Eddie and Sue Arthur

A Whole Bible for Holistic Mission

… where do we find any justification for imagining that by rightly under taking what the New Testament commands us to do, we are absolved from doing what the Old Testament commands? Why should we imagine that doing evangelism in obedience to the New Testament excludes doing justice in obedience to the Old? Why have we allowed what we call the Great Commission to obscure the twin challenge (endorsed by Jesus himself) of the Great Commandment?

How can it be suggested that evangelistic proclamation is the only essential mission of the church? It seems impossible to me to justify such reductionism if we intend to sustain any claim to be taking the whole Bible seriously as our authority for mission and as that which defines the content and scope of our mission. Mission belongs to God – the biblical God. The message of mission is to be drawn from the whole of God’s biblical revelation. So we cannot simply relegate the powerful message of events such as the exodus or institutions like the jubilee to a bygone era. They are an integral part of the biblical definition of God’s idea of redemption and of God’s requirement for his redeemed people. We pay no compliments to the New Testament and the new and urgent mission of evangelistic mission it entrusts to us in the light of Christ by relegating the Old Testament and the foundations of mission that it had already laid and that Jesus emphatically endorsed. Whole Christian mission is built on the whole Christian Bible.

From The Mission of God: Unlocking the Bible’s Grand Narrative pages 304 and 306.

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7 Comments on “A Whole Bible for Holistic Mission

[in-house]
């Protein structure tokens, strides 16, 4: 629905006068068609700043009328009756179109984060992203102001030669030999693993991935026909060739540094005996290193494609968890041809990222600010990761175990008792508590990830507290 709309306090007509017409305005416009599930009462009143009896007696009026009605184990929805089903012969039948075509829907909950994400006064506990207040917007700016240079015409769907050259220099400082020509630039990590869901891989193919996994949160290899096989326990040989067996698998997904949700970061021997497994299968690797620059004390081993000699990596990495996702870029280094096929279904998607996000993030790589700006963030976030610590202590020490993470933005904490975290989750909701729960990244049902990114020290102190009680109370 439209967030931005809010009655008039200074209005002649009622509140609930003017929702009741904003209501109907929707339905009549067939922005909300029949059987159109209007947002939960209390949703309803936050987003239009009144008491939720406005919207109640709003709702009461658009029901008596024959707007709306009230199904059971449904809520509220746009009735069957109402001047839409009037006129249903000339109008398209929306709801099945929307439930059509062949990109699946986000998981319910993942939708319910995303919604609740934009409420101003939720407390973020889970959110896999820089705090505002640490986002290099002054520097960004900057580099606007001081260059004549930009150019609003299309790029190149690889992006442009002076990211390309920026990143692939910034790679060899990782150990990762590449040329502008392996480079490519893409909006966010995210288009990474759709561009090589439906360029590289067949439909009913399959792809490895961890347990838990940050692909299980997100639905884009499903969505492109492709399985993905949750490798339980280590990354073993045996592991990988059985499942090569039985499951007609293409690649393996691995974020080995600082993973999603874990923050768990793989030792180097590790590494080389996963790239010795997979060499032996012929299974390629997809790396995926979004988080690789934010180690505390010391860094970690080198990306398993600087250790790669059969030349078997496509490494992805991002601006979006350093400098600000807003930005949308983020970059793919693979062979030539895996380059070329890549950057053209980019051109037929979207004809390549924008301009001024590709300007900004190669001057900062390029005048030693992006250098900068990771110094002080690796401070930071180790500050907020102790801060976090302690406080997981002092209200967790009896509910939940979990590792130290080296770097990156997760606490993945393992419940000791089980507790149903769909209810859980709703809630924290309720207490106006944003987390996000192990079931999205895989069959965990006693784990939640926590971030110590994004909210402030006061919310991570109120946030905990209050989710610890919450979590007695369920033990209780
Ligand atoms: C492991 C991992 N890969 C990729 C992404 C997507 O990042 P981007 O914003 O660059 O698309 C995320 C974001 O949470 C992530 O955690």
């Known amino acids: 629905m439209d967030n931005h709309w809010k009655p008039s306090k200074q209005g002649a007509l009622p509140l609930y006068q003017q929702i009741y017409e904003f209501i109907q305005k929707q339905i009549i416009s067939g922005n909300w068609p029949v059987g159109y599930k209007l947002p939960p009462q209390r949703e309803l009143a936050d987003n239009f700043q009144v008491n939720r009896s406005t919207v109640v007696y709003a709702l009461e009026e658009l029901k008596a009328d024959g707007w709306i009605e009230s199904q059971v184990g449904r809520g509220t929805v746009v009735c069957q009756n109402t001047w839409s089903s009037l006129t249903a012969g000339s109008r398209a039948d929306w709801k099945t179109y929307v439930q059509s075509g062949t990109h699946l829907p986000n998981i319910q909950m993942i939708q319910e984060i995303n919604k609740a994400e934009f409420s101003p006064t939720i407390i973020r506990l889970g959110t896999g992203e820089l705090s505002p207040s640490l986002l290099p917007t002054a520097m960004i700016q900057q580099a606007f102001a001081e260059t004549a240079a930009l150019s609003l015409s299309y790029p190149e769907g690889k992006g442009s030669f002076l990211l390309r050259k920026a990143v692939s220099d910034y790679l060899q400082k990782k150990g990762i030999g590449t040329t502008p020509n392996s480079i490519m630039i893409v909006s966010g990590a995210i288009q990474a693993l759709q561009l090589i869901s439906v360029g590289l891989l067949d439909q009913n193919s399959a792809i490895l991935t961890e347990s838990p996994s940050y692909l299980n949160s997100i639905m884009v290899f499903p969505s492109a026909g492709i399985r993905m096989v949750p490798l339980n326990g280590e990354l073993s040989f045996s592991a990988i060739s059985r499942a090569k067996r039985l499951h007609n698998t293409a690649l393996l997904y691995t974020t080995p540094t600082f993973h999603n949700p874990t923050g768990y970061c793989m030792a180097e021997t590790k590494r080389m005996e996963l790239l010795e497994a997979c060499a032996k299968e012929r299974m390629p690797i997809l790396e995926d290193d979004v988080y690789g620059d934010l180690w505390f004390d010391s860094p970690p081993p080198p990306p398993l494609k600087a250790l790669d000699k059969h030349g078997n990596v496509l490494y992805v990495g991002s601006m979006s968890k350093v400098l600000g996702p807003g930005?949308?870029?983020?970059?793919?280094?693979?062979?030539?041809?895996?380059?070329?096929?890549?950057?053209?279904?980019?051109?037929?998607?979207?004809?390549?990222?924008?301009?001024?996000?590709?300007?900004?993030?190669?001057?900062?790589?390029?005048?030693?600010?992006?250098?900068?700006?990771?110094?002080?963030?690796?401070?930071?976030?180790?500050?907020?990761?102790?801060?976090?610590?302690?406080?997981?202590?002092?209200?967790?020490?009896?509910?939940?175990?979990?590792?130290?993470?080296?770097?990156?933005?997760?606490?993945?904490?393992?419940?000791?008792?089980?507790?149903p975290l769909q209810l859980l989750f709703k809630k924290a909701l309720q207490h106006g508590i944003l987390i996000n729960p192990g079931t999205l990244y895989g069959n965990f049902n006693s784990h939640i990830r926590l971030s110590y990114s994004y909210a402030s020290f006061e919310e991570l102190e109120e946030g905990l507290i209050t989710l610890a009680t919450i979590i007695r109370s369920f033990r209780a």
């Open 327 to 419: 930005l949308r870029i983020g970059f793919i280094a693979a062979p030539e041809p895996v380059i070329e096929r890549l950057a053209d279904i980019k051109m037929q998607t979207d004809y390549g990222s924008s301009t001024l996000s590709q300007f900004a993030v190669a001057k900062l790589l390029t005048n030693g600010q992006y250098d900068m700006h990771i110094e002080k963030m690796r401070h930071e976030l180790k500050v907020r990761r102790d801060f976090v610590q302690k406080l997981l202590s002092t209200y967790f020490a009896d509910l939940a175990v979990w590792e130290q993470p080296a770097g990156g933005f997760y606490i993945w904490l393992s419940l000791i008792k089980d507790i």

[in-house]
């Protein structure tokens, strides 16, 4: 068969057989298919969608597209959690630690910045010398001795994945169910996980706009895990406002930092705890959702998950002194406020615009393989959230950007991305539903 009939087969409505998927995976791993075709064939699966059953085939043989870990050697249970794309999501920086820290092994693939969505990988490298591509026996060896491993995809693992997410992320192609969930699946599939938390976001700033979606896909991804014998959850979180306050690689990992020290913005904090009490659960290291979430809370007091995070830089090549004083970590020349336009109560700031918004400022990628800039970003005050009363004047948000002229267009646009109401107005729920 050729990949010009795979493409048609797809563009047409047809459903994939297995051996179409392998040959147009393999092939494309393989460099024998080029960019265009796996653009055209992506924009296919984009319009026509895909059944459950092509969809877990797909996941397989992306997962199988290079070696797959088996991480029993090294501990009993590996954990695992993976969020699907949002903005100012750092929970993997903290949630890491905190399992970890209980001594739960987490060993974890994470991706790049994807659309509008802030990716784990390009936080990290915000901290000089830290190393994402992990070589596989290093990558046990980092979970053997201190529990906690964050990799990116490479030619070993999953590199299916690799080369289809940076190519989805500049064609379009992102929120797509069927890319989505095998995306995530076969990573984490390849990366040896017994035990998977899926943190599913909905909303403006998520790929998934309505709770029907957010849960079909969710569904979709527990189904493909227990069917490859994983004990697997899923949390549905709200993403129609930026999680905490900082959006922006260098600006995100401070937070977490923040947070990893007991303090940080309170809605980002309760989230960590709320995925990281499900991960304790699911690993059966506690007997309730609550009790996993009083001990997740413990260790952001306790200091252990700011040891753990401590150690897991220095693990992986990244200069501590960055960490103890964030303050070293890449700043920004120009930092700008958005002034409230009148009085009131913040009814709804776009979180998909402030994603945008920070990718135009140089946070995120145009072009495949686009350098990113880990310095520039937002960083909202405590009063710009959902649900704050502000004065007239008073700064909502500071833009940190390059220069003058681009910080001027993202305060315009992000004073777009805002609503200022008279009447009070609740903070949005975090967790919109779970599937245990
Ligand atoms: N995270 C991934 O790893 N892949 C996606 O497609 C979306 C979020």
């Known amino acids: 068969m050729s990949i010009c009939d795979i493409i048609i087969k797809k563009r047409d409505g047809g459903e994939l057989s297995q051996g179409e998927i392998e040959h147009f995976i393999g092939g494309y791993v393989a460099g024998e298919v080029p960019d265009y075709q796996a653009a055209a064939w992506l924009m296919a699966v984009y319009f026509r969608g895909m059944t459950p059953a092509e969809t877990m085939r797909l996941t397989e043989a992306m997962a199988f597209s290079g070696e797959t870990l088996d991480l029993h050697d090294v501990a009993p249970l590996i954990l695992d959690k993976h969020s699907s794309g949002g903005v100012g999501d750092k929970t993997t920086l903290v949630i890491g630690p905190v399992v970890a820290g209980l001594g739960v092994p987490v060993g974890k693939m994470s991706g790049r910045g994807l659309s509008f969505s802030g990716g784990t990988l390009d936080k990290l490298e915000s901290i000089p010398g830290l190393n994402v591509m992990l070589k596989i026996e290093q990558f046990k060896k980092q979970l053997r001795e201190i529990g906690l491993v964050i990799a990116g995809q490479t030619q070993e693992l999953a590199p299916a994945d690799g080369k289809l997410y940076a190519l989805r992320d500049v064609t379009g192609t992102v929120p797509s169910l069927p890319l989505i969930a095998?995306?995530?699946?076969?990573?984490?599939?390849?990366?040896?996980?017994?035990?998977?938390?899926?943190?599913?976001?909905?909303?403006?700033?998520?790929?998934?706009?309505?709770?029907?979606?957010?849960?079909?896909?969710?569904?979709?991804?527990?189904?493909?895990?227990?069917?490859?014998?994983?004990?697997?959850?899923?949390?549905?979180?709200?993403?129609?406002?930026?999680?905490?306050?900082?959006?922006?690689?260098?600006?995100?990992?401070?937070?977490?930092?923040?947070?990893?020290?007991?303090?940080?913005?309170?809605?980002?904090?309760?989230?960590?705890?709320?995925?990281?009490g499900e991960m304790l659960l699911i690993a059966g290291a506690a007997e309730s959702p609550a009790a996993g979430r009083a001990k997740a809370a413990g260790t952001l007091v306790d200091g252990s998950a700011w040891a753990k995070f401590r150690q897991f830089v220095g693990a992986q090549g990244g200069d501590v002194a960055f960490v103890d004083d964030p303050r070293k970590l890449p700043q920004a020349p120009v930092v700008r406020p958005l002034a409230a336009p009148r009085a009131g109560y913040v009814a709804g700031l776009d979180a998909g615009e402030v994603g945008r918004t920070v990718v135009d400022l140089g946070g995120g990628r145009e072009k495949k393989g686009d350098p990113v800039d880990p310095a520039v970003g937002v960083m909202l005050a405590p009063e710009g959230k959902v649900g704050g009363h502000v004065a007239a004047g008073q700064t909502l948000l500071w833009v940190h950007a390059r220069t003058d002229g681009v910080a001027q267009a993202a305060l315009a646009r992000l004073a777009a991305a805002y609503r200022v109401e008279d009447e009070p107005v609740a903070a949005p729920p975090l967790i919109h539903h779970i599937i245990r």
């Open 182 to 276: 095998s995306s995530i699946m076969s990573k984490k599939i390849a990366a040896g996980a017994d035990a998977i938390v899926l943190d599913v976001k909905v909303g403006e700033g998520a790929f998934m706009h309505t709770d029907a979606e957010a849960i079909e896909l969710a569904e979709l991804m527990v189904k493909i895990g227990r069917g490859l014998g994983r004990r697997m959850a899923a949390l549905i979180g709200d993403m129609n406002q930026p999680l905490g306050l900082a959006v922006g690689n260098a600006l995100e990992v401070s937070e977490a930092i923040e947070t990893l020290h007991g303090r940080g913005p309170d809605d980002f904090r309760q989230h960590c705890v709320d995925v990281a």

1. There is a problem with the argument in the first sentence quoted here, in that the NT clearly does absolve Christians from some OT commands, such as the sacrificial and food laws. I agree with the conclusion that “we cannot simply relegate the powerful message of events such as the exodus or institutions like the jubilee to a bygone era”. But this conclusion needs to be based on a careful analysis of how the principles in the OT should be applied by Christian believers today, not on a simplistic argument that OT commands apply directly.

  2. Thanks for this Peter, I fully agree and had I quoted the full two pages from Wright, you would have seen his careful unpacking of the argument. I just copied out what I saw as the highlights.

  3. I was choking on the same beef. 😉

    While I value the OT as background to the NT, when it comes to Bible translation I very much think along the lines of Hebrews 1. God has now revealed himself to us in his son. We all tacitly see a primacy of certain texts and as Peter says the notion that certain texts have been superseded. However there are two problems with translating everything from the OT. First, it’s too much work. Second, because African culture has more affinities with OT culture than NT culture you end up doing damage control when people over emphasize the legalistic commands of the OT. I’m just blabbing before coffee so feel free to tell me I’m crazy…

    • That sounds like a great reason to stop most Western Christians having any access to the book of Revelation, David.

  4. The OT is not too much work to translate. It only took us nine years. The real problem is that it is too much work to understand and apply. That will take me more than a lifetime.

  5. I really worry about the sort of thinking that says we shouldn’t translate the OT because it is too much work. Yes, it is a lot of work – even ‘only nine years’ is still a long time – but that is not a good reason for leaving large slices of God’s word untranslated. If we can’t translate all of Scripture, then our reasons need to be better founded than the amount of work it will take. (See these two posts for a discussion of the issues: https://www.kouya.net/?p=281, https://www.kouya.net/?p=283).

  6. Eddie, you wrote: Why have we allowed what we call the Great Commission to obscure the twin challenge (endorsed by Jesus himself) of the Great Commandment?
    Me: The Great Commission and the Great Commandment are both vital to Christians. I am currently working with others to try to promote 24/7 prayer until all the peoples and languages on earth have clear access to the Scriptures (the Bible). A friend who is currently engaged in 24/7 prayer work himself has said basically that we cannot sustain Great Commission work without the nurturing focus on the Great Commandment. When we spend time with our Father, focus on the great love He has for us, and pause in prayer to enjoy His love for us and the love we have for Him, we can get up from our knees and float through the work things He has given us to do. That has been my experience.
    So, yes we surely do need both ‘Greats’.

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